• Professional help – There is no shame in asking for help with your symptoms associated with MST or PTSD, it does not make you weak. It takes strength to ask for help. Seeking a counselor or therapist who specializes in sexual trauma can be a good first step to healing. If you have experienced MST during your military career, you can also find a DAV benefits expert here to discuss filing a claim with VA. All DAV’s benefits experts are veterans themselves—some are also survivors of MST—and they can help walk you through the claims process with compassion and discretion. Also, every VA facility has a designated Coordinator who serves as a contact person for MST-related issues. This person is your advocate and can help you find and access VA services and programs, state and federal benefits, and community resources.
  • Lifestyle changes – Interacting with other trauma survivors and other veterans who have experience with MST, exercising, eating healthy, volunteering, avoiding drugs and alcohol, spending more time with loved ones, and practicing optimism are all helpful.
  • Mindfulness – To be mindful is to be aware of and concentrate on the present. It can be breathing exercises, or focusing on a singular thing in your present, like the taste of a piece of chocolate, or coffee—but intensely focusing on that one thing.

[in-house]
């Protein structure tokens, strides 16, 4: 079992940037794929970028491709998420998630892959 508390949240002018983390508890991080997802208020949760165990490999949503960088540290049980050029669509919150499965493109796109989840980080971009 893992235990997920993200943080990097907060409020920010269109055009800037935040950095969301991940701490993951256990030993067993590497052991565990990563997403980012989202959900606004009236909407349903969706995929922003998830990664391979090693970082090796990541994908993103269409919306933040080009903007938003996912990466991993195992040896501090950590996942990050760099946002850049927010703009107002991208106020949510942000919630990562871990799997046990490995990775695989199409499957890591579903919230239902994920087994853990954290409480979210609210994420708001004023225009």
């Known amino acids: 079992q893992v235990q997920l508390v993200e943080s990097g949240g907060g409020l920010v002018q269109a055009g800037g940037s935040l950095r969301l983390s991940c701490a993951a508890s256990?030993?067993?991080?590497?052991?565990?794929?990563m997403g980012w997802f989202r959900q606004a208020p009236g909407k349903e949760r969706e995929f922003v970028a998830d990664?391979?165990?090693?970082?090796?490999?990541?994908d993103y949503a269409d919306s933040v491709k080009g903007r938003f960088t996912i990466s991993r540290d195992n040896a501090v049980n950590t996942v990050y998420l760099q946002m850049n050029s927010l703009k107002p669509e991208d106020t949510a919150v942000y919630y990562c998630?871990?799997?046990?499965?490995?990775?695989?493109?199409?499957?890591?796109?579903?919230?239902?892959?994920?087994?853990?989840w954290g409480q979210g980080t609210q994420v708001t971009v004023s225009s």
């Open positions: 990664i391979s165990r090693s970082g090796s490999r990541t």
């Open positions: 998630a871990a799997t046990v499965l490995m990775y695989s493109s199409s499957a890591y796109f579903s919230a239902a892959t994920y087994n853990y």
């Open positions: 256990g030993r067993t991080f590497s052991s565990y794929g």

• Practicing optimism – Hunt for the good stuff in your life, the things that create joy and a sense of peace or happiness. At some point in your day, reflect on the good things that have happened to you in the last 24 hours. It can be a small as finding your favorite ink pen or celebrating the birth of a child—whatever brings you joy.
  • Peer groups – Finding others who have experienced MST can help you feel comfortable talking about MST and working through the intense emotions associated with it.
  • Emotional support animals – Many veterans who struggle with MST have adopted emotional support animals, usually dogs who help veterans feel more at ease and comfortable in situations that may otherwise cause them undue stress.
  • Exploring the options – There are many different ways to regain control, those that work for you may not work for someone else, and those that work for someone else may not work for you. Exploring the different options and being open minded to new and potential solutions is helpful.

What resources are available for a veteran struggling with MST? 

The Quick Facts about VA’s Healthcare Services for MST

Beyond MST Mobile App: A free, secure and private self-help mobile app

How can I get help for MST through the VA?

  • Speak with your existing VA health care provider
  • Contact the MST Coordinator or the Women Veterans Program Manager at your local VA Medical Center
  • Contact your local Vet Center
  • Call 1-800-827-1000, VA’s general benefit information hotline

For confidential crisis support, call the Veterans Crisis Line now: Dial 988 then press 1, or visit You can call, text or chat online with caring, qualified VA responders, many of whom are veterans or family members of veterans.

DAV supports women veterans. Women in military circles have unique needs. Find out how we aid female veterans.

Supporting women veterans’ mental health and preventing suicide through gender-tailored care.